One glass of beer or anything I’d just feel violently ill … it would be like a minor food poisoning attack [former TB Patient, Searle et al., 2007, pp.74].34
Three quarters of studies (n=21; 75%) reported that the personal characteristics of individuals shaped their experiences of ATT and adherence behavior, as well as vice-versa, ie, how being on ATT affected daily lives. Here, we refer to individuals’ socio-demographic characteristics, but also their sense of agency and control, health and treatment-related knowledge, and experience of having TB and being on ATT.
Sense of Agency, Autonomy, and Control
Struggles to preserve autonomy, regain control of life, and a compromised sense of self-efficacy were linked to behavior in a few studies.28,39,43,44 Some patients blamed forgetfulness for missing treatment doses.39,43 Others may have more strategically “forgotten” about treatment to help them regain control or return to a “normal life”.43 For example, HCPs, describing colleagues who had TB, linked non-adherence to the nature of their work:
Because they [physicians and nurses] have nightshifts … it seems difficult for them to set a particular time of the day to take medicines [HCP in Japan, Kawatsu et al., 2018, pp.8].28
For patients, subscribing to a supervised treatment regimen was sometimes experienced as disempowering, as described in a study undertaken among Somali and Ethiopian migrants with TB in Norway:
I asked about [self-administering] and the nurse said, ‘No, you are not allowed to.’ So, I was annoyed. ‘I am not a child,’ I said to her. ‘I am an adult. I take the medication for my own sake and not for you [Somali man in Norway, Sagbakken et al., 2012, pp.317].44
Health practitioners with TB were also more likely to reject adherence support when offered:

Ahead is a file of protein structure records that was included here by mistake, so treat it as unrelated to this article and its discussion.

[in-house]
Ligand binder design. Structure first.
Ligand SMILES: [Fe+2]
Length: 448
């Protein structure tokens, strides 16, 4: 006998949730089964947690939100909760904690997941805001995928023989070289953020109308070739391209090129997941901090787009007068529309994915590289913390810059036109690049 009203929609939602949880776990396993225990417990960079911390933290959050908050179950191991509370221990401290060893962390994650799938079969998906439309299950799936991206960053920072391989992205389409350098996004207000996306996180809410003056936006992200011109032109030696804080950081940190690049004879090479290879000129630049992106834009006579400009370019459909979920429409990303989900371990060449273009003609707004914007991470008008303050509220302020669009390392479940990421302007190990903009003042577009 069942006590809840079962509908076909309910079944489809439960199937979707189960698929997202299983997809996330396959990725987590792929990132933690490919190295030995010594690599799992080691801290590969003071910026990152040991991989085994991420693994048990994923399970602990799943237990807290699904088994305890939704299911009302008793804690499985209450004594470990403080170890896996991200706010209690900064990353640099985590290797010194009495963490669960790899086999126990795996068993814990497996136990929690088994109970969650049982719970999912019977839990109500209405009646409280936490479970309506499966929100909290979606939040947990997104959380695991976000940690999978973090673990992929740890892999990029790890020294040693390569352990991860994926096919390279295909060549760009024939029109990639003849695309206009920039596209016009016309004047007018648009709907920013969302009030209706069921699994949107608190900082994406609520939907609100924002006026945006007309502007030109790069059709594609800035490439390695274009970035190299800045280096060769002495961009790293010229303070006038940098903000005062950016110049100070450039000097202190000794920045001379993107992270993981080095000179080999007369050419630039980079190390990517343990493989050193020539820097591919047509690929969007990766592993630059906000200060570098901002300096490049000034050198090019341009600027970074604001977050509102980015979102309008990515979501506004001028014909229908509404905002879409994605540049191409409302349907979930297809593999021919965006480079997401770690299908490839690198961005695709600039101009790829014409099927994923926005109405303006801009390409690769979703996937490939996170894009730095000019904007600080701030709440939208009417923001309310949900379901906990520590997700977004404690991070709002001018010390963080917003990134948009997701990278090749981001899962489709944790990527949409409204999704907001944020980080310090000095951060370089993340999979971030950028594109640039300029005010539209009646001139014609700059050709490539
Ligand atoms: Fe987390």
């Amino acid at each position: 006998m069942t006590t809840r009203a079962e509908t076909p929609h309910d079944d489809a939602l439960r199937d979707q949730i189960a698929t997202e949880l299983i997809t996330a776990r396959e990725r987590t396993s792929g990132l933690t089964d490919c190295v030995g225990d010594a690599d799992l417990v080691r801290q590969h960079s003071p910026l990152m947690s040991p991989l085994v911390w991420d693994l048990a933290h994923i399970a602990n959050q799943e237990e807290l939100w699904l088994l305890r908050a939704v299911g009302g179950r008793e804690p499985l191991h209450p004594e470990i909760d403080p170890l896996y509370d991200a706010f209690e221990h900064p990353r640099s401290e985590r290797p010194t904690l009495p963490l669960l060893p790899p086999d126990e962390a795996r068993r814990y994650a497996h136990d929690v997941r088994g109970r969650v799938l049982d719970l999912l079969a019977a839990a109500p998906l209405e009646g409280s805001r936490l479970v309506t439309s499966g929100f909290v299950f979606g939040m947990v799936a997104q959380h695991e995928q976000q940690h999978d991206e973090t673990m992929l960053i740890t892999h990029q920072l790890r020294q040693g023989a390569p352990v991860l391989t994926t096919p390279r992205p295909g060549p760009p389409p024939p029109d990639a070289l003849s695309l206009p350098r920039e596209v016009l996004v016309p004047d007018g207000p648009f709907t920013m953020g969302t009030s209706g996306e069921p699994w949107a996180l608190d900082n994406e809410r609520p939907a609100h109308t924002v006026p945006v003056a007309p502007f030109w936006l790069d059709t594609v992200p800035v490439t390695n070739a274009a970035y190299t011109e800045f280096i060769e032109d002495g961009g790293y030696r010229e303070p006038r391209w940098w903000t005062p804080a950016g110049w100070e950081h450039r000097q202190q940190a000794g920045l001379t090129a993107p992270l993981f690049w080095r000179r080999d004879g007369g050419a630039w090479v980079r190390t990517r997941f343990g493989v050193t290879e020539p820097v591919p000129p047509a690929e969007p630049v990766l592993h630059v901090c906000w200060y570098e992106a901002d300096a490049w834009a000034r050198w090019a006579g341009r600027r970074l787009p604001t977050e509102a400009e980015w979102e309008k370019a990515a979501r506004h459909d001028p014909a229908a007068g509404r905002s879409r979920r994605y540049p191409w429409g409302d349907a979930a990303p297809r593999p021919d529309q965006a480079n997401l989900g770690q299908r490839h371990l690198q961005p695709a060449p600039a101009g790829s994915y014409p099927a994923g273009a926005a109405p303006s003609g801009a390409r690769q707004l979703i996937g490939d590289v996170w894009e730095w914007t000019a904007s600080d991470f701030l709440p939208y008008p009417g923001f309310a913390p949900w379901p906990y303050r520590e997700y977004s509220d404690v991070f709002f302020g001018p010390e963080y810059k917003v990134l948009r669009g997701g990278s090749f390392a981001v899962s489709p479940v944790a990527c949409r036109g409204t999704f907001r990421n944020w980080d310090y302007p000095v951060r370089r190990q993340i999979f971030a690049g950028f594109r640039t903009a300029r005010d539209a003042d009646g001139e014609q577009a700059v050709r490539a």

Oh, it’s so difficult to get them (physicians) on DOTS … they’re professionals. Why should they be checked up by us, the public health nurses? I think that’s what they think [HCP in Japan, Kawatsu et al., 2018, pp.9].28
Lay Knowledge, Beliefs, and Perceptions of TB and TB Treatment
Misconceptions, incorrect or lay knowledge, and ethno-medical beliefs regarding TB etiology, transmission, and treatment outcomes were reported to negatively impact ATT-related behavior via diagnostic delays, loss-to-follow-up after sputum tests, and patients not returning for outpatient follow-up visits.27,31,34,37,38,40,45,46 Reported lay etiologies of TB included religious ideas, poisoning, cigarette and alcohol use, unsanitary conditions, poor nutrition, wearing wet clothes, colds, coughs, contact with a person with TB, and overworking,38,46 which in some cases led to misinterpretation of initial symptoms:
I thought it was because of the heavy load I carried. I did not report the chest pain for about three weeks. When I coughed and saw blood, then I came to the doctor [Ghanaian man in the UK, Nnoaham et al., 2006, pp.1015].38